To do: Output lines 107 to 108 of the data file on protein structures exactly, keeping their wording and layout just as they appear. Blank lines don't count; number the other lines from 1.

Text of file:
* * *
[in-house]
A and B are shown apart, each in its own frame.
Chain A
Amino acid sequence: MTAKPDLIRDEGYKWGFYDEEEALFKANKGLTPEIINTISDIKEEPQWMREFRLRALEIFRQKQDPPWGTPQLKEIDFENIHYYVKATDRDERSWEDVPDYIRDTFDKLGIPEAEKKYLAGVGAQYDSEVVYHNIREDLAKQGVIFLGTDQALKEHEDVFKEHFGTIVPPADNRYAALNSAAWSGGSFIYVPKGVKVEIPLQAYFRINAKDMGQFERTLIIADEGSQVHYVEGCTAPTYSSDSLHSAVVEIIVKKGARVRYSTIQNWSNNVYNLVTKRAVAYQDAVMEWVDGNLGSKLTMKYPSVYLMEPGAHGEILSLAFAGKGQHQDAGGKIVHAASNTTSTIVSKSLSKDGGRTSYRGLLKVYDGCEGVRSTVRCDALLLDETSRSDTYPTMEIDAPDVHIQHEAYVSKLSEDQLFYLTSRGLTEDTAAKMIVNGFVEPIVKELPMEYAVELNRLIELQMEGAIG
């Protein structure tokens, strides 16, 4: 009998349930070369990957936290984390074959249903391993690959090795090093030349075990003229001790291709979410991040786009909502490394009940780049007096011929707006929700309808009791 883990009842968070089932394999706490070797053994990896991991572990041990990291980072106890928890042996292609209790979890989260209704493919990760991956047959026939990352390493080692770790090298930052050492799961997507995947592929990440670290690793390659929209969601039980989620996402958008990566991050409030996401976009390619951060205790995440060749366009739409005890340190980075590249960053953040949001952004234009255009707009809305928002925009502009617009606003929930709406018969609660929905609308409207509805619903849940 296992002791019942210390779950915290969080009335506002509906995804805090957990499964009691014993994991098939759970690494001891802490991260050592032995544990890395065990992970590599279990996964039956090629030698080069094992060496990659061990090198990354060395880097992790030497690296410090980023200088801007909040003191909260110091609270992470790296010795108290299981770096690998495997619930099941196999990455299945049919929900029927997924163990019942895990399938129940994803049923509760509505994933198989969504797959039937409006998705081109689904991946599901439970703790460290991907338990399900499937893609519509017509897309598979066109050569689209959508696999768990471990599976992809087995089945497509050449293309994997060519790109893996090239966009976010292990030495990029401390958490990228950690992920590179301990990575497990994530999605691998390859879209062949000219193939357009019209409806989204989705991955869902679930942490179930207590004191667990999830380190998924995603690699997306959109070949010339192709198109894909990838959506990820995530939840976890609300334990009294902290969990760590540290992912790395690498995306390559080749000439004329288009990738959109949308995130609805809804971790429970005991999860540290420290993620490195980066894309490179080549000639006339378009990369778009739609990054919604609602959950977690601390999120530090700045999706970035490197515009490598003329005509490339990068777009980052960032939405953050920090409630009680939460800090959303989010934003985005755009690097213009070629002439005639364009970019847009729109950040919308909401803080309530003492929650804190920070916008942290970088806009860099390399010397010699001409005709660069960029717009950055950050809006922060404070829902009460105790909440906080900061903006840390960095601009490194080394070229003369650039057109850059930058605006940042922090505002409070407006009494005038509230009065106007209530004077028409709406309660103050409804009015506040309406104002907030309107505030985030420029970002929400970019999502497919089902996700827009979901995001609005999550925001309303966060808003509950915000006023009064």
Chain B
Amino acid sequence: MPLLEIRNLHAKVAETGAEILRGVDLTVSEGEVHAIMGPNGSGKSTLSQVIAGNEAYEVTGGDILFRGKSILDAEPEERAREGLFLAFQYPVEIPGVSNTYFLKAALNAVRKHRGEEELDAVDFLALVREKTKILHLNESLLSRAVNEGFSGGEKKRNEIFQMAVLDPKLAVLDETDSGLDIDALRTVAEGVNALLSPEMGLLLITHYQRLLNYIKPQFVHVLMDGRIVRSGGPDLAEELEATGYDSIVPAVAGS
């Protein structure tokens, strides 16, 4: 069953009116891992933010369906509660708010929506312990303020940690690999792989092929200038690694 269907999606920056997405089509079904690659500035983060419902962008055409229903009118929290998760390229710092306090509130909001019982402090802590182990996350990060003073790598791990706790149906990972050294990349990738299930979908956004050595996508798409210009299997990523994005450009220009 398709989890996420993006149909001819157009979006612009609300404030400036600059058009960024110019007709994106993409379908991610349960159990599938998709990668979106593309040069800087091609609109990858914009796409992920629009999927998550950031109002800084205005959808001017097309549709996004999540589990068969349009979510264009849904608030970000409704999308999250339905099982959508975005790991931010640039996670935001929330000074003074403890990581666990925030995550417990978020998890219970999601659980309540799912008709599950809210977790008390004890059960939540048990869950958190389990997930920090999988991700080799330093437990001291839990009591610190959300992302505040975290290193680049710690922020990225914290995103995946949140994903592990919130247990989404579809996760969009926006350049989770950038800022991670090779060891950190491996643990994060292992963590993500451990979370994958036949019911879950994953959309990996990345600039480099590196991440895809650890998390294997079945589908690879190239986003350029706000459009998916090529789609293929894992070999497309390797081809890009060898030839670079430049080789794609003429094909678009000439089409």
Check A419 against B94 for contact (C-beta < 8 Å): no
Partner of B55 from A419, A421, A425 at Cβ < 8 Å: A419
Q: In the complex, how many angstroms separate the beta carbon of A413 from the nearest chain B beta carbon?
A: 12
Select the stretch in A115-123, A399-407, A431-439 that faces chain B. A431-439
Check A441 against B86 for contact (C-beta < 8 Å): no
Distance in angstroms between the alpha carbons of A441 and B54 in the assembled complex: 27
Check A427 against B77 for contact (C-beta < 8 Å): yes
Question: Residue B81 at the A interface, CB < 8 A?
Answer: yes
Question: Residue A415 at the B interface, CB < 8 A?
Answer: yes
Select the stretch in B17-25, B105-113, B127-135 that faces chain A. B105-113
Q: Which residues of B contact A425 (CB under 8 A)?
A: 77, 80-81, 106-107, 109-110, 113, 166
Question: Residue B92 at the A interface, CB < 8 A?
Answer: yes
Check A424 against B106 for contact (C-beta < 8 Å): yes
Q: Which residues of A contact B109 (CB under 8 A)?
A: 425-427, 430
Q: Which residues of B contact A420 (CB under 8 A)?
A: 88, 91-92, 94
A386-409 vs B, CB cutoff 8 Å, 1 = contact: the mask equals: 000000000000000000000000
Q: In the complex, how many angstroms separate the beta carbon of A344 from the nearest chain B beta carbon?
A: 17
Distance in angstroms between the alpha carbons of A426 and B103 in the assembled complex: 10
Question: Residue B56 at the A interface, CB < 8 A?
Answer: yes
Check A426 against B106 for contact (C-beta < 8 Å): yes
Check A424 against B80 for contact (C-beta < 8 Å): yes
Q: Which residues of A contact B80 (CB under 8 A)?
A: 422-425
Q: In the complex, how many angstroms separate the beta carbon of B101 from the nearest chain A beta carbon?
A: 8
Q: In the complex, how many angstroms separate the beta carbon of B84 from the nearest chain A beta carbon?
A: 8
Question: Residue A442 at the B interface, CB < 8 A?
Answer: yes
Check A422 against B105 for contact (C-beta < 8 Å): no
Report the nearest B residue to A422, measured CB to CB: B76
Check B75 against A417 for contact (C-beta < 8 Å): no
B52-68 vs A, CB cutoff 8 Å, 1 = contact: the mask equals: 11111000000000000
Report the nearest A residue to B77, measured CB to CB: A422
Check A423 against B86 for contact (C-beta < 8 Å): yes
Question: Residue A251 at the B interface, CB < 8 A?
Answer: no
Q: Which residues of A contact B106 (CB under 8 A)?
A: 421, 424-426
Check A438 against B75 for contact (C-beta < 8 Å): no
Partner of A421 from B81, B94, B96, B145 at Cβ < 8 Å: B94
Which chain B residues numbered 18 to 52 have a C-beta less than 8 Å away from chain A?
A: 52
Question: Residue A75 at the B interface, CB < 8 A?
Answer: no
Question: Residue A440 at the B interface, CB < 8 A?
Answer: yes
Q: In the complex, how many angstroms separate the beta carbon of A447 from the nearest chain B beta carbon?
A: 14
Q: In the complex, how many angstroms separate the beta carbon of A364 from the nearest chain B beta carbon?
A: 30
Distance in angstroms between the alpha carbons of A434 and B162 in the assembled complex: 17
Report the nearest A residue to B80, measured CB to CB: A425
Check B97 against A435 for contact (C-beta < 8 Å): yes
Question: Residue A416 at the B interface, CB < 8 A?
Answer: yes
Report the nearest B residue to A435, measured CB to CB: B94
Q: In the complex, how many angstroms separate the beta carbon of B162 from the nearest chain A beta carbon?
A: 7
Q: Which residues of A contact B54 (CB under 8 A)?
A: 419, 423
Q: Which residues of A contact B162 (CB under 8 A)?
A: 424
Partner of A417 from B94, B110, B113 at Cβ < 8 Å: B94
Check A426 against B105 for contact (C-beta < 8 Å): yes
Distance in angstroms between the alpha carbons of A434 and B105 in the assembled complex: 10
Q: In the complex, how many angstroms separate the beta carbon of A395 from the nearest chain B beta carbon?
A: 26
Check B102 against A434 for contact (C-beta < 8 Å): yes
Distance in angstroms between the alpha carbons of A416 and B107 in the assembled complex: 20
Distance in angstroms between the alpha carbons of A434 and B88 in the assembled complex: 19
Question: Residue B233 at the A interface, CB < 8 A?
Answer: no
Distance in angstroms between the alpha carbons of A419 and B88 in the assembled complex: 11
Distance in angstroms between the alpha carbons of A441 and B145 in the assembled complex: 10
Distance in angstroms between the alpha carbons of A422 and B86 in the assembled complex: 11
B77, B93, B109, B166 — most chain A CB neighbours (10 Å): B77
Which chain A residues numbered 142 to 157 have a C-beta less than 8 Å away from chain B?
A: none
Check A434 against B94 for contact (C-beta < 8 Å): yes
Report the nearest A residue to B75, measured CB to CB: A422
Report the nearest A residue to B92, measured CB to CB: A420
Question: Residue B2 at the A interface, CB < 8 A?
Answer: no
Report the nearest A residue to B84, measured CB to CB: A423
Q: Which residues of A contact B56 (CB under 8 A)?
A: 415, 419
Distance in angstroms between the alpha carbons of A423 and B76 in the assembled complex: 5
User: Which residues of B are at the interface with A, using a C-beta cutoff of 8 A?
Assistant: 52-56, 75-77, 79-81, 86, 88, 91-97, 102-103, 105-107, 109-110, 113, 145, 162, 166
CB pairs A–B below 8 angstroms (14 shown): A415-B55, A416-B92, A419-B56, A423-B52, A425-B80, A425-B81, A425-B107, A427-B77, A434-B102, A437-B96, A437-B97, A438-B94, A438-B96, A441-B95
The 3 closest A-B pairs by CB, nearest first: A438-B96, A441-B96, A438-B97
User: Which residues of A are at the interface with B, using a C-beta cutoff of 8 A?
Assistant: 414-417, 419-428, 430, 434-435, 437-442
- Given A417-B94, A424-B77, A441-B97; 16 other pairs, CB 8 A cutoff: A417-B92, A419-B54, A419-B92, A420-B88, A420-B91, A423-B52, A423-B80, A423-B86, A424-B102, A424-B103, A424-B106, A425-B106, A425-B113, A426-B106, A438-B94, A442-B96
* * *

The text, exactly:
Assistant: 52-56, 75-77, 79-81, 86, 88, 91-97, 102-103, 105-107, 109-110, 113, 145, 162, 166
CB pairs A–B below 8 angstroms (14 shown): A415-B55, A416-B92, A419-B56, A423-B52, A425-B80, A425-B81, A425-B107, A427-B77, A434-B102, A437-B96, A437-B97, A438-B94, A438-B96, A441-B95